Housing crisis: Rental costs doubled over a decade as chances of under 30s buying a home diminishes

Average monthly rent now €1,443 with biggest nationwide increase in three years despite fall in Dublin

The cost of renting has doubled in the past decade. Photo: Andy Dean Photography

Charlie Weston

The cost of renting doubled in the past decade as the crisis in housing supply and affordability deepened.

The unrelenting increase in rental costs nationwide is reflected by the largest rise in three years, despite a fall in Dublin.

Rents shot up by 2.1pc in the first three months of 2021 compared with the previous quarter, according to the latest Daft.ie report.

The average monthly rent stood at €1,443, which is almost double the €742-per-month average of late 2011.

High rents are one of the factors this week identified by the Economic and Social Research Institute (ESRI) for the collapse in prospects of younger people buying their own home.

The chances of younger people buying before age 30 have halved from a generation ago.

It means people in their 20s and 30s will be the first generation in Ireland to be poorer than their parents.

Stagnant wages and rising accommodation costs have led to a sharp fall in home ownership levels.

Lower homeownership has forced more young people into the private rental sector where they face surging costs.

The latest rental figures from Daft.ie show that Dublin rents rose between December and March, but they are down by 6.5pc when compared with a year ago, at an average of €1,974.

Supply in Dublin was up 20pc. Owners have taken properties from the short-term lettings market, such as those offered on the Aibnb platform, to rent them out.

This, combined with a temporary halt to people moving to the capital, has pushed rental costs down in Dublin.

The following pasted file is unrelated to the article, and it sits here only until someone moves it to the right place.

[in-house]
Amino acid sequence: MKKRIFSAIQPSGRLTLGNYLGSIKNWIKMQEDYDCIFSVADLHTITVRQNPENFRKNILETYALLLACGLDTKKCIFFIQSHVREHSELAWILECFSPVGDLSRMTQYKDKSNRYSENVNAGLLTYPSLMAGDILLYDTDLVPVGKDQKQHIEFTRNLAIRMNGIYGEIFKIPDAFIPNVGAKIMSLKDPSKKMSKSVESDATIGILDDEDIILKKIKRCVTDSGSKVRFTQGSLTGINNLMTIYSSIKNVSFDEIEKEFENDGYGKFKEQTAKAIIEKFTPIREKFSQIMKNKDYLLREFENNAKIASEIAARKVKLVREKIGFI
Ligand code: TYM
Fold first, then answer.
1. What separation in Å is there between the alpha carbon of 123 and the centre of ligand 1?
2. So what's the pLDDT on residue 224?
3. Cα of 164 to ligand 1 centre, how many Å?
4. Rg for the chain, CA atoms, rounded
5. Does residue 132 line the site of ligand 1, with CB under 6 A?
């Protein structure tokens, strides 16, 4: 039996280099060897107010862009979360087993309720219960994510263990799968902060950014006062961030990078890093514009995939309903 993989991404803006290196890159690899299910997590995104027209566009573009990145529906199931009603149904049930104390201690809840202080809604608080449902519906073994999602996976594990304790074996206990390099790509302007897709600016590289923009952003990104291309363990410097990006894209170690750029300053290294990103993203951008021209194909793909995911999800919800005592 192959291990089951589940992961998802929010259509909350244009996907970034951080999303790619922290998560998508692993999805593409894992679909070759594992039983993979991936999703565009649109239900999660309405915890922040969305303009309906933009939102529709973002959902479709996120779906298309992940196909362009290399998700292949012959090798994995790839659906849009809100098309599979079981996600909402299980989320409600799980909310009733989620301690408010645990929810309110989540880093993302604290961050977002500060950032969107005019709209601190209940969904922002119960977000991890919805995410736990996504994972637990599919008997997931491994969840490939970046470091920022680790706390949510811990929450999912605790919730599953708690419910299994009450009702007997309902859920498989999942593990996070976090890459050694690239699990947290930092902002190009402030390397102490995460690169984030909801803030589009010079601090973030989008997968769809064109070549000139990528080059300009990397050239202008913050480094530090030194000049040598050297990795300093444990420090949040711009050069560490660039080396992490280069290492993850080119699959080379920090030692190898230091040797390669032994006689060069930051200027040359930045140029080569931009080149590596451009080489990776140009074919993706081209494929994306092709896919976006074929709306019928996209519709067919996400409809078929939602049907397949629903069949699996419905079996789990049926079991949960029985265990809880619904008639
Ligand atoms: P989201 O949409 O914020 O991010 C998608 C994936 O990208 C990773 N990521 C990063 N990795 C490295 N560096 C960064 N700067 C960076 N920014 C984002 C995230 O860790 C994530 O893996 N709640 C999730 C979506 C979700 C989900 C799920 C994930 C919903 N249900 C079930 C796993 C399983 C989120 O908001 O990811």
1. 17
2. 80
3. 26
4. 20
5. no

There were just under 2,500 homes available to rent in Dublin at the start of May.

But outside our biggest city there has been a surge in rental costs, up by 7.1pc in the first three months of the year compared with the same period last year.

This means renters are paying €900 extra a year.

Lockdown ground the rental market to a halt, with fewer listings pushing the cost of rents further up.

Outside Dublin there were only 1,150 rental units available on May 1, which was down one third from the same date in 2020.

Cork, Galway and Limerick cities saw rents rise by 6pc in the past year.

In Waterford they are 8.3pc higher. Outside the five main cities, rents are up 7.3pc year-on-year.

Report author and Trinity College Dublin economist Ronan Lyons said: “The impact of Covid-19 on Ireland’s rental market was largely to send Dublin and the rest of the country in different directions.

“In Dublin, additional supply moving over from the short-term lettings market, coupled with a temporary halt to people moving to the city, pushed rents down.”

He said that as normal life resumes, the chronic undersupply of new rental homes will be the main driver, along with economic and population growth.

Prof Lyons, however, opposes calls to limit the role of cuckoo funds in the property market.

“Limiting the ability of professional landlords to invest here will worsen, rather than improve, the situation.”

He said the doubling of rents over the last decade is proof that Ireland needs to build tens of thousands of new rental homes over coming years, with funds helping to finance this.

We need professional landlords to invest in this country’s property market, he added.